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[Editor’s Note: Reece Pacheco is the cofounder and CEO of Shelby.tv. He previously worked in production and post production on national TV programs and in Hollywood. He has studied and produced video as a modern medium for over 10 years and often shares his thoughts on the Shelby.tv blog.]

VidCon may only be a four year old conference, but this year’s industry track was packed with major players and big thinking around the future of online video. Here were my major takeaways from 48 hours in the room with a few of online video’s most notable professionals.

YouTube – love it or hate it – is here to stay.

Mark Suster, entrepreneur, angel investor and investment partner at Upfront Fentures kicked off VidCon’s industry track keynote with a tremendous presentation on the state of the video industry. Among his many takeaways was a discussion of the value YouTube provides its creators. Suster noted that many seem to take for granted the amazing unseen infrastructure YouTube supplies in terms of creator tools, hosting/storage capacity and costs, and a massive CDN (content delivery network).

That underlying framework coupled with YouTube’s massive audience makes for a great opportunity for ad sales. And to compete with the company’s scale is nearly impossible. Hence, why most of YouTube’s contemporaries try to supplement the site rather than engage it in a head-to-head competition.

But everyone knows (or at least expects) someone will eventually compete with YouTube, but who?

As pro-YouTube as Suster is, he also cautioned against the potential for Amazon – one of the few companies with the kind of infrastructure scale necessary to compete – to jump into the video industry full force. Sure, they have content available via Prime and they’re rumored to be working on an over-the-top (OTT) box, but the last step is turning on audience development with their hundreds of millions of users.

Is it a sure thing? No. But very possible and worth keeping an eye on? Definitely.

Conversely, in the packed panel titled “The Perfect Platform” moderated by Peter Kafka from AllThingsD, online video veteran Fred Seibert (of Frederator Studios) stated the next great YouTube competitor is hiding in the mind of a 15 year old kid who sees in plain sight some pain point we all take for granted. That seems unlikely to me given the issues around infrastructure, but hey, Seibert knows a thing or two about smart young founders.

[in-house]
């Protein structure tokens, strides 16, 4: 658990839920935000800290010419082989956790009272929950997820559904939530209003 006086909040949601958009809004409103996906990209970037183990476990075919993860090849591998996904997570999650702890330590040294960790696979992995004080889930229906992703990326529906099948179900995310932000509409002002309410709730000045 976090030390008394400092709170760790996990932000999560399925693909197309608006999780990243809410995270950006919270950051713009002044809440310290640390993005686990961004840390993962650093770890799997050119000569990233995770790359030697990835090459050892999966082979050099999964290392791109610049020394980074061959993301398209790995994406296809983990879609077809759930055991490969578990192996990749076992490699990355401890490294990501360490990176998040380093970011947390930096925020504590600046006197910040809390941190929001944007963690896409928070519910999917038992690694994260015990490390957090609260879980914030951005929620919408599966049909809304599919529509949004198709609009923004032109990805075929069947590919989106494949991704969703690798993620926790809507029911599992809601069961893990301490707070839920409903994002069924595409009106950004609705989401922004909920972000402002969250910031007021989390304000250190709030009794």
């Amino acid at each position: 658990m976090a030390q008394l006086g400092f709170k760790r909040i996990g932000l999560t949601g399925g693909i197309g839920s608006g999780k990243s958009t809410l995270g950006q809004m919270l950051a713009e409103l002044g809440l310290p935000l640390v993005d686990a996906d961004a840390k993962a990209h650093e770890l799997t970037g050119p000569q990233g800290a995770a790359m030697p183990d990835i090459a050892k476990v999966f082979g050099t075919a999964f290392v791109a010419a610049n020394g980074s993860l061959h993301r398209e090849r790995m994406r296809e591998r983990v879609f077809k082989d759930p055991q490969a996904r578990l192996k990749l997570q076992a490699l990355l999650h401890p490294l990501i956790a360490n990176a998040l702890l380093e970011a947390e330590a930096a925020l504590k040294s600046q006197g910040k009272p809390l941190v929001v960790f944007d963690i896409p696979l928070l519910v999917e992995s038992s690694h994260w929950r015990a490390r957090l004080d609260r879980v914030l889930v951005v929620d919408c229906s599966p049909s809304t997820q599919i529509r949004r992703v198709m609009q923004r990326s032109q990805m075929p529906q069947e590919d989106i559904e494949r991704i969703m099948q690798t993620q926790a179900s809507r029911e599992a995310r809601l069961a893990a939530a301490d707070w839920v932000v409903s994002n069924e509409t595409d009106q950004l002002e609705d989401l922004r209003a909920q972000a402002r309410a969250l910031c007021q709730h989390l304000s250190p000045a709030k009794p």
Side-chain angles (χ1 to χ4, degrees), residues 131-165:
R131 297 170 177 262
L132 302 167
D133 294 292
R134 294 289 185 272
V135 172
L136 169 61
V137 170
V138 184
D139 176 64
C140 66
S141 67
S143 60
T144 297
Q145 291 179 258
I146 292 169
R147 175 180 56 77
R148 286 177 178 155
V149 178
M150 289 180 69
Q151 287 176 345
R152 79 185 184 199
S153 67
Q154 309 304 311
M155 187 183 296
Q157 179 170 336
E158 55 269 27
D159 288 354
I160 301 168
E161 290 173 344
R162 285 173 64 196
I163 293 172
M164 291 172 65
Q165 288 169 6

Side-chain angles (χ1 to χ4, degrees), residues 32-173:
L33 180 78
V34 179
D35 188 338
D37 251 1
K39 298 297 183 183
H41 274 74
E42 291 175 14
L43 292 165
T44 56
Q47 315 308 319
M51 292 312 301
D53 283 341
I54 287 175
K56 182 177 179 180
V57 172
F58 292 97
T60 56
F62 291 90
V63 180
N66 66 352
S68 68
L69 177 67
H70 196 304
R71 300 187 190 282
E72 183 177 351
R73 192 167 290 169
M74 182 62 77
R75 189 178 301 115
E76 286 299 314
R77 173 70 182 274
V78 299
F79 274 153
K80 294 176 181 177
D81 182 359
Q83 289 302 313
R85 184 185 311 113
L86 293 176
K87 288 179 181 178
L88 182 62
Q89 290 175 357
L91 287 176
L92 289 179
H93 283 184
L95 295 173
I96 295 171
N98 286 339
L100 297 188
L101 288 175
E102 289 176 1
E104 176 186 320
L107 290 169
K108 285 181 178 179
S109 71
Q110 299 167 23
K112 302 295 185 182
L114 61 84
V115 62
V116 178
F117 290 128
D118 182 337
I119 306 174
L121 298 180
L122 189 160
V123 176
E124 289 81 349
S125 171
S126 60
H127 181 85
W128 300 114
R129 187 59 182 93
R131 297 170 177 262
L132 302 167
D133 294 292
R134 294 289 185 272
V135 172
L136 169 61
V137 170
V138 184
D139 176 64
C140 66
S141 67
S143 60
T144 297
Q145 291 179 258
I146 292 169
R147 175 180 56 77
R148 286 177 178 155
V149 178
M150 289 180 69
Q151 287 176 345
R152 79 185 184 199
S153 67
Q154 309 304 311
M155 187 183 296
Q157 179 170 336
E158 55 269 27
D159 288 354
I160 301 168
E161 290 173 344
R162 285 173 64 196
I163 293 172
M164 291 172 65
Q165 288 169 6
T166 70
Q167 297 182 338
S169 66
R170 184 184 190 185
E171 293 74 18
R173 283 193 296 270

The future for multi-channel networks (MCN’s) is still unclear.

As Suster put it, YouTube can ignore the MCN’s but the competition won’t. Would Maker or Fullscreen actually leave YouTube? Unlikely. But could new MCN’s spring up on top of Amazon’s infrastructure? You bet.

Among the crowd of creators, I met at least a few YouTubers who have thus far abstained from joining an MCN, though they all confessed their starting to consider a variety of partnerships. Meanwhile, YouTube’s M.O. seems to be “Who needs an MCN? We’ve got everything you need!” At least that’s what I got from the “MCN or Not?” panel, on which YouTube’s Courtney Lischke reminded the crowd they have all the tools you need.

YouTube to creators: Stick with us in the long run.

During YouTube’s closing keynote, they were two key takeaways.

The first came from YouTube’s Vice President of Sales & Marketing, Lucas Watson. “YouTube has a ton of scale, it’s still growing like hell across the globe, and we have a 12,000 person salesforce to help you make money,” he said. “So stick with us for the long run.”